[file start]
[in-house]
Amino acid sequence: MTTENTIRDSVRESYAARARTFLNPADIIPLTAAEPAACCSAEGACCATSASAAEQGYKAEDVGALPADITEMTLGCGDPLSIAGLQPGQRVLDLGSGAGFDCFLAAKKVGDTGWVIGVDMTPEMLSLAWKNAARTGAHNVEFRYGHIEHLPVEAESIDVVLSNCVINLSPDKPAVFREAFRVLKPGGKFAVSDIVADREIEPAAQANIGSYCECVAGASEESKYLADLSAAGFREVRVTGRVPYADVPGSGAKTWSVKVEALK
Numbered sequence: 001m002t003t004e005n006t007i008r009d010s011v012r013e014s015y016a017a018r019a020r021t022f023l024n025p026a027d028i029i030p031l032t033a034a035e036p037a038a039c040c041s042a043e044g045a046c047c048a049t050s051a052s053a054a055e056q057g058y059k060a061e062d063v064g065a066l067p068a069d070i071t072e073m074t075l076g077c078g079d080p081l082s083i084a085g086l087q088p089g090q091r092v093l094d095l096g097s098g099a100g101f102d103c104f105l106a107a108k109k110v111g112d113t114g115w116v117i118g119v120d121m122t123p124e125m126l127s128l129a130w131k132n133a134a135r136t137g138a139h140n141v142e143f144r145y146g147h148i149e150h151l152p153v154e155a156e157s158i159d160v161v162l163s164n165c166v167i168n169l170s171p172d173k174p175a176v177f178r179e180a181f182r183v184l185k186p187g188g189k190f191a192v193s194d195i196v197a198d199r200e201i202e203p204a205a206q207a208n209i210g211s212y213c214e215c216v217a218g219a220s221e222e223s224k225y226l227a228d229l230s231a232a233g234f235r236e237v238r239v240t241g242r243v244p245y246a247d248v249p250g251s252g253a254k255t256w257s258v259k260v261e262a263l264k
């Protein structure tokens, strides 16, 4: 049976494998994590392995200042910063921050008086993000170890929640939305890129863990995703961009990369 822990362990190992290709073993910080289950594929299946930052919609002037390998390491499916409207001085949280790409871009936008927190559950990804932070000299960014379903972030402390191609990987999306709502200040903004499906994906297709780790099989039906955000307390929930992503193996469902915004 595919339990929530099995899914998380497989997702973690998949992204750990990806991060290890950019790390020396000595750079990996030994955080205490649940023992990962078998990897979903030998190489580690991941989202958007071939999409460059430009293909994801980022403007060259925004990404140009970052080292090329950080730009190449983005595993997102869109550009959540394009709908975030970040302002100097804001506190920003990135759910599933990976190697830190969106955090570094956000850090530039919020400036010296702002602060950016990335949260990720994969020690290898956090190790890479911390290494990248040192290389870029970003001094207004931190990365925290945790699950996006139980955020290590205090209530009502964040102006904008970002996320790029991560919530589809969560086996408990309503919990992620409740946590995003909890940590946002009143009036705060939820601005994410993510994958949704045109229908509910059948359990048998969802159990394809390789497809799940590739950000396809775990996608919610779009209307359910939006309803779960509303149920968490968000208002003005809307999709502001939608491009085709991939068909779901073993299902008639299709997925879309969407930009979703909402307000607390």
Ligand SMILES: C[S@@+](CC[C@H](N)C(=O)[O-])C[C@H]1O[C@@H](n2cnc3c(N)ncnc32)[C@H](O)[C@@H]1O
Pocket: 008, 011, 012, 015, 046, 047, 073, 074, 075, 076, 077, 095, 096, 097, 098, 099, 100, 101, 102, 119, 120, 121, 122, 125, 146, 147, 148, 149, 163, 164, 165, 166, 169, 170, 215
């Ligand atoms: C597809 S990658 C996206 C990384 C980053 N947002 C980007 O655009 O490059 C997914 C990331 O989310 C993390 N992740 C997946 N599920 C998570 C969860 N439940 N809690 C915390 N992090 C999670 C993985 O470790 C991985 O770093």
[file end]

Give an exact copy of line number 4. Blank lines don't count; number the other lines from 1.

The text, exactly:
């Protein structure tokens, strides 16, 4: 049976494998994590392995200042910063921050008086993000170890929640939305890129863990995703961009990369 822990362990190992290709073993910080289950594929299946930052919609002037390998390491499916409207001085949280790409871009936008927190559950990804932070000299960014379903972030402390191609990987999306709502200040903004499906994906297709780790099989039906955000307390929930992503193996469902915004 595919339990929530099995899914998380497989997702973690998949992204750990990806991060290890950019790390020396000595750079990996030994955080205490649940023992990962078998990897979903030998190489580690991941989202958007071939999409460059430009293909994801980022403007060259925004990404140009970052080292090329950080730009190449983005595993997102869109550009959540394009709908975030970040302002100097804001506190920003990135759910599933990976190697830190969106955090570094956000850090530039919020400036010296702002602060950016990335949260990720994969020690290898956090190790890479911390290494990248040192290389870029970003001094207004931190990365925290945790699950996006139980955020290590205090209530009502964040102006904008970002996320790029991560919530589809969560086996408990309503919990992620409740946590995003909890940590946002009143009036705060939820601005994410993510994958949704045109229908509910059948359990048998969802159990394809390789497809799940590739950000396809775990996608919610779009209307359910939006309803779960509303149920968490968000208002003005809307999709502001939608491009085709991939068909779901073993299902008639299709997925879309969407930009979703909402307000607390």